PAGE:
From the pier's jetty is where the 96 passenger capacity St. Bridget embarks and disembarks those travelling on trips. The vessel is not strictly a ferry, given it is not used by commuters but is based on excursion work. This involves a network of cruise leg options linking the capital port and both harbours.  

Prior to the arrival of Stena Carrier, the ro-ro vessel in recent weeks was on charter to P&O Ferries on their Dublin-Liverpool service. 

The ships's port of registry is Frederikshavn in Denmark. This is where Stena Line operate a short sea link (3.5hrs) to Gothenburg, Sweden. The west coast Swedish city is where Stena RoRo and the ferry operator's headquarters are based.  

The Ro–Ro Cargo Ship 'Stena Carrier' arrived into Dun Laoghaire Harbour this morning berthing at the Carlisle Pier.

The Danish flagged vessel has been at anchor in Dublin Bay since April 22nd.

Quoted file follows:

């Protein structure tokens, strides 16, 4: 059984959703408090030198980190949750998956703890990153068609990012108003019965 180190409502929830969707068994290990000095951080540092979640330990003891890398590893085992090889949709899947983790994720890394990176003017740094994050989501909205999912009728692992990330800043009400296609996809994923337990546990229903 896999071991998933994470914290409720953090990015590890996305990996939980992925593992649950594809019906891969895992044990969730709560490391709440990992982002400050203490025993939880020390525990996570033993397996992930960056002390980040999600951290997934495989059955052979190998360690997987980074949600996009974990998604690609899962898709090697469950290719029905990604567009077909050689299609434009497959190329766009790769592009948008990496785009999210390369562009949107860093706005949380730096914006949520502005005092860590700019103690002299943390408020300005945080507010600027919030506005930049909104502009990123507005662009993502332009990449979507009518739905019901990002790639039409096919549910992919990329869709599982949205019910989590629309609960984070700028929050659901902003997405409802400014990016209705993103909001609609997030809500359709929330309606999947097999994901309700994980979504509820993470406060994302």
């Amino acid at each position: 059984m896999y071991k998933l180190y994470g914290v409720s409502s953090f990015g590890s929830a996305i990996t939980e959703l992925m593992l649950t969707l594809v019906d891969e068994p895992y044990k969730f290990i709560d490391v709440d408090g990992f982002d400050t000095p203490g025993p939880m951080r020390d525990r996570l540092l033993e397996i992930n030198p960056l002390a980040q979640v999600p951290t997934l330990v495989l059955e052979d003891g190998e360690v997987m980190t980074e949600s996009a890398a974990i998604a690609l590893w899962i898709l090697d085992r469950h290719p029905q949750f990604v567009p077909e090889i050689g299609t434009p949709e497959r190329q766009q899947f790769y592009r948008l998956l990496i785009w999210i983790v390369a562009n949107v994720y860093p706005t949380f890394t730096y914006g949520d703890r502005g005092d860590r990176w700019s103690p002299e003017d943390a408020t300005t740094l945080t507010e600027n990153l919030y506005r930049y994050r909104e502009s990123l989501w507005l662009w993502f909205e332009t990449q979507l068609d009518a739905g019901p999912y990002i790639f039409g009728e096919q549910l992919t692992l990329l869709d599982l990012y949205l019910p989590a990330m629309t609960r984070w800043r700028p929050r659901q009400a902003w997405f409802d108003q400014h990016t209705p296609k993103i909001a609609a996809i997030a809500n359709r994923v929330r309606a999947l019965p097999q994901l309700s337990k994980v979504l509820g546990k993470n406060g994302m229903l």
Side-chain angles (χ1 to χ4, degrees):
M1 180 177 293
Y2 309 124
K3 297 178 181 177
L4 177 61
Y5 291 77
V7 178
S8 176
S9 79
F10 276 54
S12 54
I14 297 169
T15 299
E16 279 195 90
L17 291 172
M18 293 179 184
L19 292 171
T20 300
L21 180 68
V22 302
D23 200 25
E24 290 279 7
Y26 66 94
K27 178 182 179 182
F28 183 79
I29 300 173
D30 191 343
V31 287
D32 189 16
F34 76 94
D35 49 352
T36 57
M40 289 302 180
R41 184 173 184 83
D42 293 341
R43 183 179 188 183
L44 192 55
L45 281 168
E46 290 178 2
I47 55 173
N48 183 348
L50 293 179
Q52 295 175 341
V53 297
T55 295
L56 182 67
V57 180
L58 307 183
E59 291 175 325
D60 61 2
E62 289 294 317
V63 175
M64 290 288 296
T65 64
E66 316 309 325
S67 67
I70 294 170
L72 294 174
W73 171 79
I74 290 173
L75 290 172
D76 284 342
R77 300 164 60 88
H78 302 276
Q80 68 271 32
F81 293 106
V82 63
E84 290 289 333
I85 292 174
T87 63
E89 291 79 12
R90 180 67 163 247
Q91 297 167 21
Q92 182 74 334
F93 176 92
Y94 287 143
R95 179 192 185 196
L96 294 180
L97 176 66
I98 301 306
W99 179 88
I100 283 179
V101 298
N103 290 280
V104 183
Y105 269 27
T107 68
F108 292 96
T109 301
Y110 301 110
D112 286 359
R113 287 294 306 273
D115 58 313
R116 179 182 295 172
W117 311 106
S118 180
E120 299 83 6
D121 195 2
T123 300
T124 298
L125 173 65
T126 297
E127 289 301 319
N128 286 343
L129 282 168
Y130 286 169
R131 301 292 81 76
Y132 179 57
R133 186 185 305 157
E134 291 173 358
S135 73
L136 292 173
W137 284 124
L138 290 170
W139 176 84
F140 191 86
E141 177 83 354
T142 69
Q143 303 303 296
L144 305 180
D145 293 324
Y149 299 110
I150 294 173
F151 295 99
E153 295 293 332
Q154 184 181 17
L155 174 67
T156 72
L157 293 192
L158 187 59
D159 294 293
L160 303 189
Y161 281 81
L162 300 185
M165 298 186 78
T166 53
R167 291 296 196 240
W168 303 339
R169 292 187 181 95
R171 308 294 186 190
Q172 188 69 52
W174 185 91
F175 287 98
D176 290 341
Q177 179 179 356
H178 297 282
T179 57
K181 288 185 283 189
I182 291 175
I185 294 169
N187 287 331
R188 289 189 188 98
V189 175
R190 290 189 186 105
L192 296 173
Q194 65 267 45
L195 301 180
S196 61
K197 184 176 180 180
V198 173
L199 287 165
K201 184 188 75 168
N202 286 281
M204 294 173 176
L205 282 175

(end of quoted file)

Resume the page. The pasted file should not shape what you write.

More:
The 182.77m ship is the first such cargo arrival into the South Dublin Harbour that has been without regular commercial shipping since the cessation of the Stena HSS ferry in 2015.

Stena Carrier. 2The Stena Carrier on Berth Number Two at Dun Laoghaire Harbour

Since then, the Harbour has only seen ad hoc cargo arrivals, such as the 2015 unloading of Guiness Fermentation tanks.

Afloat.ie sources confirm that Stena Carrier is alongside at number two berth in Dun Laoghaire for 'survey work' but there will be many in the vacant harbour hoping that this could possibly be the start of a new relationship with the Scandinavian company.

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#DLHarbour - “There is no immediate health and safety issue with any pier in Dun Laoghaire.”

That was the message from Transport Minister Shane Ross in his reply to a Dáil question from local TD Richard Boyd Barrett earlier this week.